MIT's Deshpande Center for Technological Innovation Awards $669,000 in Grants to Faculty Research Projects Eight Winners Enter Innovation Pipeline That Has Produced

Three Commercial Technologies in Two Years



    CAMBRIDGE, Mass., Oct. 25 /PRNewswire/ -- The Massachusetts Institute of
 Technology (MIT) Deshpande Center for Technological Innovation today announced
 it issued eight grants -- five new projects and three renewals -- totaling
 $669,000 from a pool of 34 applicants in its fall round of proposals.  The
 grants, awarded to MIT faculty in the School of Engineering, will fund
 development of innovations ranging from a new method of early cancer detection
 to a breakthrough in the cost of manufacturing fuel cells.
     In only two years since it was launched with the mission to bridge the gap
 between laboratory research at MIT and the marketplace, the Deshpande Center
 has funded 38 projects, with two of the first four Innovation Grant recipients
 spun out as new, venture-capital-backed companies and another project licensed
 for commercial use.  The Center helps researchers bring their ideas to
 fruition by supporting market-driven innovation, assisting with the
 intellectual property process, and enabling collaboration throughout the R&D
 phase. Additionally, a Deshpande Center Catalyst program facilitates market
 input from a network of entrepreneurs and venture capitalists recruited by the
 Center to help advance the innovations to commercialization.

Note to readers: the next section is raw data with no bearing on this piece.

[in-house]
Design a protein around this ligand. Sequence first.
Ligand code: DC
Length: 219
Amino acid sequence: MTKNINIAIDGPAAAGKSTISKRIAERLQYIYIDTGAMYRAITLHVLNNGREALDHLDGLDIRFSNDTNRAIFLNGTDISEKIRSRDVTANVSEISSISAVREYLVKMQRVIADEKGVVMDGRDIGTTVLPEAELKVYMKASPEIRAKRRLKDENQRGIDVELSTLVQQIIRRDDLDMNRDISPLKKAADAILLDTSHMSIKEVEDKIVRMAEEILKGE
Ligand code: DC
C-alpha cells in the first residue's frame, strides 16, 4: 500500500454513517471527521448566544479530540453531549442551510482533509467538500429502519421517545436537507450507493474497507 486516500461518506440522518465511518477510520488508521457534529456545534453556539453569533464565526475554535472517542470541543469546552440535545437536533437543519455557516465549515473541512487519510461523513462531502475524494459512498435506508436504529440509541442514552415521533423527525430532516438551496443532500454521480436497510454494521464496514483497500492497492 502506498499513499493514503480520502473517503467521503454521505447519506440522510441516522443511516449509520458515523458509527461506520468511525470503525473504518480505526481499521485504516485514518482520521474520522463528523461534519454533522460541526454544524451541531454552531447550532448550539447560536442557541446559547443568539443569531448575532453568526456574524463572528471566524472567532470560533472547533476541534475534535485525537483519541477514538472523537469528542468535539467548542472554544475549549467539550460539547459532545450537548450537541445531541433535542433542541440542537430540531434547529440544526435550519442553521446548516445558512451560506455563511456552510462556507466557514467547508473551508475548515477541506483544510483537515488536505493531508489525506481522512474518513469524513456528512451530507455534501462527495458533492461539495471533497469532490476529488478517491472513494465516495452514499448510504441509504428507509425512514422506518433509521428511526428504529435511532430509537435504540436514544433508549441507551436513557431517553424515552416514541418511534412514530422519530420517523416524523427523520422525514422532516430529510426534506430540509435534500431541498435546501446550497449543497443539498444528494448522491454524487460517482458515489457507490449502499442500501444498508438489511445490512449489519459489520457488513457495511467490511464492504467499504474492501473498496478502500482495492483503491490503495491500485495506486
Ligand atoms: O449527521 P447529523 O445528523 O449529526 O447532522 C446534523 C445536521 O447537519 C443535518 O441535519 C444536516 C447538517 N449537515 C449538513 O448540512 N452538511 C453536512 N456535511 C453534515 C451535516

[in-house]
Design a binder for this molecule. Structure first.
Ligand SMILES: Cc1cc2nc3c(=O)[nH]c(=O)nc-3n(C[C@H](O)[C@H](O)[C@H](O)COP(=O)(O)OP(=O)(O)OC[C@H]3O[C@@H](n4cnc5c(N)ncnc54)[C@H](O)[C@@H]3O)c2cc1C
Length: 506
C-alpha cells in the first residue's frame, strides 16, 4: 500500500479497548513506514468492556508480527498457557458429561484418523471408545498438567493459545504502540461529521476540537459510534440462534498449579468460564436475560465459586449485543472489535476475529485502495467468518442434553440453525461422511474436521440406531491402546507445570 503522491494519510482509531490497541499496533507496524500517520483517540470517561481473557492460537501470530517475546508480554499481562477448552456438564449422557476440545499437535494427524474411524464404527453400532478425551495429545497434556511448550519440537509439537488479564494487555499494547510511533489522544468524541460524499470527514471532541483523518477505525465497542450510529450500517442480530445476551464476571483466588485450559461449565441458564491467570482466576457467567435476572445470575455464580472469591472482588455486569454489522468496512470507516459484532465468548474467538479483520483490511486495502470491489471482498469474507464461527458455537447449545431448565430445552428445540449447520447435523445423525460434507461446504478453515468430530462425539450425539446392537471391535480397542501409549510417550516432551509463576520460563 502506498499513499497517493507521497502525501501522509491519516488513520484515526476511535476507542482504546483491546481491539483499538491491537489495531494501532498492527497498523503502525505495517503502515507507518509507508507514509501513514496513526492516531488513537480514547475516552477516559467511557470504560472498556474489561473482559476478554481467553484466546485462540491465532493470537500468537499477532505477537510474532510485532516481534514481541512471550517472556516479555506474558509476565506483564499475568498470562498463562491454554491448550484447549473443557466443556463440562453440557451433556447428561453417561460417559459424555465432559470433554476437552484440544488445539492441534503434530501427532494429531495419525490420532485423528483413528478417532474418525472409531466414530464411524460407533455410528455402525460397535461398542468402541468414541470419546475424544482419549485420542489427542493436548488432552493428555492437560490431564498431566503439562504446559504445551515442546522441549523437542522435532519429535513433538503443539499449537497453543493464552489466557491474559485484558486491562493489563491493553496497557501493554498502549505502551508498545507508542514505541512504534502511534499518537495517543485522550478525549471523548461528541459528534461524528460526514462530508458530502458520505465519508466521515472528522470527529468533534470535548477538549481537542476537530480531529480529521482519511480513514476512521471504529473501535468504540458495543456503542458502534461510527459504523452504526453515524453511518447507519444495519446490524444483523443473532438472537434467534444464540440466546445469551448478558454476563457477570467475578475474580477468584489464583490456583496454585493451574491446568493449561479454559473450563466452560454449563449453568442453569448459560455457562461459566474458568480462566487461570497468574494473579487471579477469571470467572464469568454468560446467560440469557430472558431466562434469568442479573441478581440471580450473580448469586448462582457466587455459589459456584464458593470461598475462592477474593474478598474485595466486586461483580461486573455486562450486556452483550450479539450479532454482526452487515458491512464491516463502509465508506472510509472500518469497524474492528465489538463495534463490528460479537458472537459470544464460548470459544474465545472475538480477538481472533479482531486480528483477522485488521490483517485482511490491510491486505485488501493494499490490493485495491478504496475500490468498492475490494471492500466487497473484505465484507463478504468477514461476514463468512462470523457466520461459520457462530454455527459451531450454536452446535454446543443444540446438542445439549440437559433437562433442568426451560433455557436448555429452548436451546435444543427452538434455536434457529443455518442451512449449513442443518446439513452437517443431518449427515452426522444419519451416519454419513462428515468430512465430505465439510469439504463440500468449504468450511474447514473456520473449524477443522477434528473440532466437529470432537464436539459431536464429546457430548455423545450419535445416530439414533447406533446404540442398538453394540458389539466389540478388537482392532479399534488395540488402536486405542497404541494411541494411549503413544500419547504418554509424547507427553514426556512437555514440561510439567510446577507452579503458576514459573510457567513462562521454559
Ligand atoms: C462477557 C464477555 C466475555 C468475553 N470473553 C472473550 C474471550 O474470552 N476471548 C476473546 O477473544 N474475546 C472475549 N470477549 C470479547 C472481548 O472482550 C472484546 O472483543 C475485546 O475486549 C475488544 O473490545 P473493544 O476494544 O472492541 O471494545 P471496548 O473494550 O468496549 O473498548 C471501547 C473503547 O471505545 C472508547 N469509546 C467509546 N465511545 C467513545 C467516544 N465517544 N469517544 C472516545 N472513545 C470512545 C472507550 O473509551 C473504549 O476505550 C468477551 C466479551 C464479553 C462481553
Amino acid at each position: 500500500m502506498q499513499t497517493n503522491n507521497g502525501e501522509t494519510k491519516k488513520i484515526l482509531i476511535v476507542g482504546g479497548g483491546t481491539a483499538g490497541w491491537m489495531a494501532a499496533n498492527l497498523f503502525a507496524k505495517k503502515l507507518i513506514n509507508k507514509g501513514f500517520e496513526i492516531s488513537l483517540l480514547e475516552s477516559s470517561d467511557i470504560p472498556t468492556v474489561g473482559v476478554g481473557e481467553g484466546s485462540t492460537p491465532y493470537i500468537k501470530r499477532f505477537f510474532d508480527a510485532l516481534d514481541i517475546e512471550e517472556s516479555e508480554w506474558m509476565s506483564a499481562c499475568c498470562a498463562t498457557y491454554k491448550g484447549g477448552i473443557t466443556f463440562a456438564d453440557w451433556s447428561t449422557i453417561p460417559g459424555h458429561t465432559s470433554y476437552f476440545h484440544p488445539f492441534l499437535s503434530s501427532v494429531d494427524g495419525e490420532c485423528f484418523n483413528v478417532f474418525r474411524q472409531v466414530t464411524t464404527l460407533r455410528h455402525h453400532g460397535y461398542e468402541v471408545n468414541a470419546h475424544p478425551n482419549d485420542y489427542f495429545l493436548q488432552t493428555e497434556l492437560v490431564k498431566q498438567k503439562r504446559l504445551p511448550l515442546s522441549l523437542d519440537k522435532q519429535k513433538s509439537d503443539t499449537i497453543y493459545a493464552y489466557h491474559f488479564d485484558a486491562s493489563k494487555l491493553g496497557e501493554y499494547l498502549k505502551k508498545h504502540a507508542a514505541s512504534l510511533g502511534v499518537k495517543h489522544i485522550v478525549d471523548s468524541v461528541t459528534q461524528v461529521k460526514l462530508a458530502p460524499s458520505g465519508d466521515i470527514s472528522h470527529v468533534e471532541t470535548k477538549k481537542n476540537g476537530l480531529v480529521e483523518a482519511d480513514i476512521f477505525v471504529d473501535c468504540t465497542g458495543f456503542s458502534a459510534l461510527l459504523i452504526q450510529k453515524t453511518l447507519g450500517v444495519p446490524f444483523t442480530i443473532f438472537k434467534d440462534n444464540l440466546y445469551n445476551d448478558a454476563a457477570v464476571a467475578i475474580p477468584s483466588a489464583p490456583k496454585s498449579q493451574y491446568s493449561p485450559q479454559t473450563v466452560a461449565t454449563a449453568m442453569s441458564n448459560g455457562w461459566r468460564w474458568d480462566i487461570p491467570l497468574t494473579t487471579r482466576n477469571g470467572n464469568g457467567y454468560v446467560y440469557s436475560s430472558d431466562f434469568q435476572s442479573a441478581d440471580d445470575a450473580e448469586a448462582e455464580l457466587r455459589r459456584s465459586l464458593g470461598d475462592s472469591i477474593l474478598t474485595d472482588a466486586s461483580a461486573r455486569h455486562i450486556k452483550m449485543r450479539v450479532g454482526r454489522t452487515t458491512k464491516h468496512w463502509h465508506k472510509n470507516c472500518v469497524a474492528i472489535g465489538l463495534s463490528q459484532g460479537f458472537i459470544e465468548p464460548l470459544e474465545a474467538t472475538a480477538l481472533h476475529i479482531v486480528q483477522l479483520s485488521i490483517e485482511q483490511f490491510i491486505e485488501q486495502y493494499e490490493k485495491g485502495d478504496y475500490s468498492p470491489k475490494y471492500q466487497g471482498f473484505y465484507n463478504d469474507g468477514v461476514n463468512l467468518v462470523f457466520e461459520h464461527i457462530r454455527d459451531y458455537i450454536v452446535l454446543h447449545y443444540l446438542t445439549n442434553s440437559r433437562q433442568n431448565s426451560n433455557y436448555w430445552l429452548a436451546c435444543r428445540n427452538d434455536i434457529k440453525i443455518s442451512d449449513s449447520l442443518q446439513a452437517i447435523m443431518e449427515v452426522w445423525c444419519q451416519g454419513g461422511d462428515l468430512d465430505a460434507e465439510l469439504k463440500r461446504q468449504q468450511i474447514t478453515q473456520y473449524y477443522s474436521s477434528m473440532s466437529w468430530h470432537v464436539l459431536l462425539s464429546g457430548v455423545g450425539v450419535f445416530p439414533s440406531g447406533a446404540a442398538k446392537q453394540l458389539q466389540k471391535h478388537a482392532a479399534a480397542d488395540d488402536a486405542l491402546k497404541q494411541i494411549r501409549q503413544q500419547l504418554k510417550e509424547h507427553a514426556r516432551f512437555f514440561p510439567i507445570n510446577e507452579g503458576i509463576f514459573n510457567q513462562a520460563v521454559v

The early Deshpande grant winners that benefited from such transitional
 support and subsequently launched new commercial ventures are Brontes
 Technologies, a 3-D imaging company in Woburn, MA, and Pervasis Therapeutics,
 a medical device technology company in Cambridge, MA.  Another Deshpande
 team's memory cell technology was licensed to a nanotechnology company.
 Several other start-ups are in the works; one of them, recently incorporated
 as Myomo, won the grand prize in the MIT $50K Entrepreneurship Competition in
 2004.
 
     The grant winners are:
 
     -- Lionel Kimerling and Anuradha Murthy Agarwal: Low-cost multispectral
        infrared detector arrays
 
     -- John Brisson: Novel ice-cream production method
 
     -- Chiping Chen: Making 3G and 4G a reality with low-cost amplifiers for
        wireless base stations
 
     -- Clark Colton: Finding early-stage cancers using novel contrast agents
        for enhanced MRI
 
     -- Martin Culpepper: HexFlex: Enabling nanofabrication with a six-axis
        nanomanipulator
 
     -- Klavs Jensen: Accelerating innovation in the chemistry lab with
        integrated automated microchemical systems
 
     -- Yang Shao-Horn: Engineered electrode assemblies for PEM fuel cells
 
     -- Michael Stonebraker: Hybrid DBMS optimized for read-intensive
        applications
 
     For additional information on these grants or the Deshpande Center in
 general, please visit http://web.mit.edu/deshpandecenter
 
     About the MIT Deshpande Center for Technological Innovation
     The Deshpande Center is part of the MIT School of Engineering and was
 established in 2002 through an initial $20M gift from Jaishree Deshpande and
 Desh Deshpande, the co-founder and chairman of Sycamore Networks. The
 Deshpande Center supports a wide range of emerging technologies and serves as
 a catalyst for innovation and entrepreneurship by supporting leading-edge
 research and bridging the gap between the laboratory and the marketplace.
 
      Krisztina Holly
      Deshpande Center for Technological Innovation
      617-253-0943
      zholly@mit.edu
      http://web.mit.edu/deshpandecenter
 
 

SOURCE MIT

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